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^ OK, right. Now, consider...this kind of relates to the point I'm making two upthread. How are these millennium gen grads going to be able to visit their grandparents at Otterbein? When you graduate from college with a degree, and $70,000+ in student loans, and the only job you can find is part time paying $10. per hour...your budget doesn't leave room for a car and car payments (not to mention maintenance, insurance...). Somehow we've got to get rid of this myth that everybody has access to a car and we design everything around that assumption.
Having been advertised to our whole lives, we millennials have highly sensitive BS meters, and we’re not easily impressed with consumerism or performances.In fact, I would argue that church-as-performance is just one more thing driving us away from the church, and evangelicalism in particular.Many of us, myself included, are finding ourselves increasingly drawn to high church traditions – Catholicism, Eastern Orthodoxy, the Episcopal Church, etc. – precisely because the ancient forms of liturgy seem so unpretentious, so unconcerned with being “cool,” and we find that refreshingly authentic.What millennials really want from the church is not a change in style but a change in substance.
"Stuff" is not so necessary anymore. Because of that, there will be less demand for "stuff". Once 3-D printing becomes viable, forget the need to buy "stuff" from stores anymore. Forget the malls and big-box stores. All anyone will want to do is order more raw material for their 3-D printers online.
Quote from: OHKID on April 13, 2014, 08:01:22 AM"Stuff" is not so necessary anymore. Because of that, there will be less demand for "stuff". Once 3-D printing becomes viable, forget the need to buy "stuff" from stores anymore. Forget the malls and big-box stores. All anyone will want to do is order more raw material for their 3-D printers online.People can also grow their own food but most still don't. That's like saying that the reason pot is/was illegal is that you can grow it yourself and the government and businesses wouldn't get a cut. But most people where it's legal buy it from a dispensary rather than grow it.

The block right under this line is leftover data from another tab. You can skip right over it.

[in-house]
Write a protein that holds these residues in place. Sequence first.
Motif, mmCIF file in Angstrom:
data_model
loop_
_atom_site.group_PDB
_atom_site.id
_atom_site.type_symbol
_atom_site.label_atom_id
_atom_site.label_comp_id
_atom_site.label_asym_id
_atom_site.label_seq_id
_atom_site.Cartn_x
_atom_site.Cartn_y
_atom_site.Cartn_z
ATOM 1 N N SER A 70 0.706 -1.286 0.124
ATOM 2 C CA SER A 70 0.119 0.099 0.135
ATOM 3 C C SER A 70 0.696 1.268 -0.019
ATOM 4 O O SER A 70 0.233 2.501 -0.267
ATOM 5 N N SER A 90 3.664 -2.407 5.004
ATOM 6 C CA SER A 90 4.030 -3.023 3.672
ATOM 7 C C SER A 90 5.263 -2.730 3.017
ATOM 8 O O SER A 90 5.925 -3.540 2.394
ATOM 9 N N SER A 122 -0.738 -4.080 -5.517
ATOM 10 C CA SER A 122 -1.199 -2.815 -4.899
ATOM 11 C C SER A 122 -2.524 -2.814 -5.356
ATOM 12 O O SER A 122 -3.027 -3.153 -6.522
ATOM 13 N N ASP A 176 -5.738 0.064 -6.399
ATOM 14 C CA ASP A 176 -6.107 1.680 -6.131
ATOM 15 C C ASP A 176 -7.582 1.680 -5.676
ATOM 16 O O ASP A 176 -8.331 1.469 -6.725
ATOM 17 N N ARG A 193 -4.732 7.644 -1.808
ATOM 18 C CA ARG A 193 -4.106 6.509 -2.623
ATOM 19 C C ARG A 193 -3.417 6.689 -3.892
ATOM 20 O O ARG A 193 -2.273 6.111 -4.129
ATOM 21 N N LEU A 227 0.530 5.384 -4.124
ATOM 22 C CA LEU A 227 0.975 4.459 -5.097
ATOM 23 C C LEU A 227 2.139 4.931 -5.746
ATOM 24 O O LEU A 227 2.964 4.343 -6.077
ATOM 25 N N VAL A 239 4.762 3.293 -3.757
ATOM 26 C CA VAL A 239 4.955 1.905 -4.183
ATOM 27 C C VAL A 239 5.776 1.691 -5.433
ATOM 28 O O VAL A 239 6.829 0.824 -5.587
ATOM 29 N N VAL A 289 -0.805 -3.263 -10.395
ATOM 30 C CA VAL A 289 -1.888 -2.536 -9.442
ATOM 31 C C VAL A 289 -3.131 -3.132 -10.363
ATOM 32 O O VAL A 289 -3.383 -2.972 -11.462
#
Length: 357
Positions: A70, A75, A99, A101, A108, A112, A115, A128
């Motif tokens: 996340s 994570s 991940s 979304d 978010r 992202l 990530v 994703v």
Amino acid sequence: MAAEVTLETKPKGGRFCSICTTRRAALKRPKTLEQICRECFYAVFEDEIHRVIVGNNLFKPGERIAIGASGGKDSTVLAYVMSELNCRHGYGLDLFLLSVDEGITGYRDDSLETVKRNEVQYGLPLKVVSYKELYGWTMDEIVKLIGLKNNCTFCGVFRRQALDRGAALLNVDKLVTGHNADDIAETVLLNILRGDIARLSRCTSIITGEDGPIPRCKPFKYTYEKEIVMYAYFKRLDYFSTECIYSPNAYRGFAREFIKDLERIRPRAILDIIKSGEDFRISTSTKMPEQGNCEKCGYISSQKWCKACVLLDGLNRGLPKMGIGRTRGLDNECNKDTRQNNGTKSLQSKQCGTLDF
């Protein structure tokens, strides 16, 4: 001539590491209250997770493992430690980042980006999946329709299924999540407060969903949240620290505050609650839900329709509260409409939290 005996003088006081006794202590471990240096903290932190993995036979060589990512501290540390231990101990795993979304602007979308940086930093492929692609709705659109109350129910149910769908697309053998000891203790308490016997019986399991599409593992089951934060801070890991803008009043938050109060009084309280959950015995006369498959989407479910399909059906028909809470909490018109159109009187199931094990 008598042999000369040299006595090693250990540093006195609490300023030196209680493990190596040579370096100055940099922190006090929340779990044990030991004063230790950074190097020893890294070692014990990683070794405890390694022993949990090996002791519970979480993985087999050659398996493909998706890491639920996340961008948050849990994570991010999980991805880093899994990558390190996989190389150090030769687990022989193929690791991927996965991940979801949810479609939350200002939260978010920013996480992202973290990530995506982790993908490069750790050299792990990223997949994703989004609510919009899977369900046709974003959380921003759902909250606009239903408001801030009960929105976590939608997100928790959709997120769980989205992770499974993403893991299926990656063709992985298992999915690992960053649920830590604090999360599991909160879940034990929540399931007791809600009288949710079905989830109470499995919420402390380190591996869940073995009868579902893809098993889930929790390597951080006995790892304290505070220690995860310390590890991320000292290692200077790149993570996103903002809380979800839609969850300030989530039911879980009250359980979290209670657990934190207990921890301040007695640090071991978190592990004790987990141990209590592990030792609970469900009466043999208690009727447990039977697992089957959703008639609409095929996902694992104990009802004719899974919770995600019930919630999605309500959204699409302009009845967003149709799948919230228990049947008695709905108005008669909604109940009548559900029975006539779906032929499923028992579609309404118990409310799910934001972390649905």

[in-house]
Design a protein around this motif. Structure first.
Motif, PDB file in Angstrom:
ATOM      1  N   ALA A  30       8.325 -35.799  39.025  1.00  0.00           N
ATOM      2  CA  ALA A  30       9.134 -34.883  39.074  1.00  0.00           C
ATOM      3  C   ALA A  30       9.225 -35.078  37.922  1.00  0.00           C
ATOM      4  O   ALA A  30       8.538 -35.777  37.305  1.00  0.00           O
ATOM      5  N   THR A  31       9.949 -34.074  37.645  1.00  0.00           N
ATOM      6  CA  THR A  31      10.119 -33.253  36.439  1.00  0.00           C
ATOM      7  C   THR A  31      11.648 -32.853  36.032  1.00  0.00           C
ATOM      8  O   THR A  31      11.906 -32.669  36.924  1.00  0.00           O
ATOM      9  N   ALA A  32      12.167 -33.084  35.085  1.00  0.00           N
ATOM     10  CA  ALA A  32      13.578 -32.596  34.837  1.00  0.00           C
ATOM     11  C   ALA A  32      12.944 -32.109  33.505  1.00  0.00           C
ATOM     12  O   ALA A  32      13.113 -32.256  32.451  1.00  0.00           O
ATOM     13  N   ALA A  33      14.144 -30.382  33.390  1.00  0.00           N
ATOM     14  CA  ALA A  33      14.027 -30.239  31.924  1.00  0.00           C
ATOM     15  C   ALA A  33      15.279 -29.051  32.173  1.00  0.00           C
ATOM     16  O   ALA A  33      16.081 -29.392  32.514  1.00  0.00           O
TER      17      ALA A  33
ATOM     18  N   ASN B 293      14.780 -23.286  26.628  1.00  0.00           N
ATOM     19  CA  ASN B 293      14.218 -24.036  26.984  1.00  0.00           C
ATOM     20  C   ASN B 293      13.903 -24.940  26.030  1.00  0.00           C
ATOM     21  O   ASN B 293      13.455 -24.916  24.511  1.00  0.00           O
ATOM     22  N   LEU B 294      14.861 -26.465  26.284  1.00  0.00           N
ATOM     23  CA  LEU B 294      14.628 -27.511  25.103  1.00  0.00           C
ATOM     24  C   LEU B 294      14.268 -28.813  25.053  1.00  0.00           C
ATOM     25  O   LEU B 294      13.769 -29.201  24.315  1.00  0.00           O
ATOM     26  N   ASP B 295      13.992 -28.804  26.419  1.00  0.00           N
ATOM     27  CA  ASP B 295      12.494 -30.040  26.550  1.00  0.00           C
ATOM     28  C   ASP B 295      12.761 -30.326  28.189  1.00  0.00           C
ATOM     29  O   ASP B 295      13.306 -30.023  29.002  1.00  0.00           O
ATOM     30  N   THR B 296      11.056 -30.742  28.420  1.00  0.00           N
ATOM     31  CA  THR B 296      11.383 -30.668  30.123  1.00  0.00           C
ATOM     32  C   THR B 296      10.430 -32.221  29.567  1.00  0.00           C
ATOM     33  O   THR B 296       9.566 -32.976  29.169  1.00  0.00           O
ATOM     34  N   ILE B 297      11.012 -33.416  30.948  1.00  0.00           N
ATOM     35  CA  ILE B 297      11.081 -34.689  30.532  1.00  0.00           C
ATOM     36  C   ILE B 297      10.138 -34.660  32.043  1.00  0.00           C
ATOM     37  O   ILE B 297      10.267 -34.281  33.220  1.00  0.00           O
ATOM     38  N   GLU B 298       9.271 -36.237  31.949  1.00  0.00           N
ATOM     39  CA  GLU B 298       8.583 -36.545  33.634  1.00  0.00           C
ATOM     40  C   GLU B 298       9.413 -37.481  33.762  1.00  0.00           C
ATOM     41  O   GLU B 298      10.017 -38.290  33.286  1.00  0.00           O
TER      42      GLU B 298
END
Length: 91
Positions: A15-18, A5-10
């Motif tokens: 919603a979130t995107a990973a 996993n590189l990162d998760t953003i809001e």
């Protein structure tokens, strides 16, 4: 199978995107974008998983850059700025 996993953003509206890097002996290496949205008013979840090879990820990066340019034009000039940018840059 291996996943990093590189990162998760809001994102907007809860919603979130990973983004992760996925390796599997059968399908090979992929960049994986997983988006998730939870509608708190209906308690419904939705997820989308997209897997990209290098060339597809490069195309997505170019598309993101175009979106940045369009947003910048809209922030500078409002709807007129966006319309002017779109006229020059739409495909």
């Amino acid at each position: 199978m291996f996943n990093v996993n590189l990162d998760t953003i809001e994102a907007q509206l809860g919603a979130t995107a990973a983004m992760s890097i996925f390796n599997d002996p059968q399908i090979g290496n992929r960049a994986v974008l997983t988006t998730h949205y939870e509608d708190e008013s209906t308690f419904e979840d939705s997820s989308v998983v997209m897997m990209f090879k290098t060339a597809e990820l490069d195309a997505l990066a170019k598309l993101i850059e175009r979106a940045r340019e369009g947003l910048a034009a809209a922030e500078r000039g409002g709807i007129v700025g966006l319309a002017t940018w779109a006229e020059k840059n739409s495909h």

OHKID ... I am trying to digest your post a relate it to the development announced by Otterbein.If people are desiring to move to a more urban environment, why would they move to a large development in the middle of the country where there is no transportation to anywhere other than by car. As one poster related, the Warren County Transit is only a few small gas powered buses which don't even run on an established schedule. They are nothing more than a public taxi service to primarily assist elderly people. I see nothing in this development which is going to materially change that. There is no base to build off of.And those 4,500 residential units, how many people does that relate to? Let's discount kids, but if they are planning soccer and baseball fields they must be planning on kids. Buts lets just say 2 persons to a unit, that is a fair sized city of 9,000. Where are these people going to work? I didn't see anything suggesting a sufficient number of jobs to be created right in the development. So that tells me we are talking a car oriented environment having to drive some distance for employment.Pardon my pessimism, but I just see a suburban sprawl situation talking advantage of some salable land plopped down in an environment worse than most when it comes to such things as water supply, sewer, all the necessary infrastruture and being disguised as some kind of new urban living when there is nothing urban about it.
There's no job access without an automobile.
QuoteThere's no job access without an automobile.But aren't we talking about a retirement community?Yes, retirees may get out of the community sometimes, and the community still needs workers and supplies, and visits from family, but isn't the whole point of a retirement community to be self-contained? That is, most of the residents won't leave the community most days?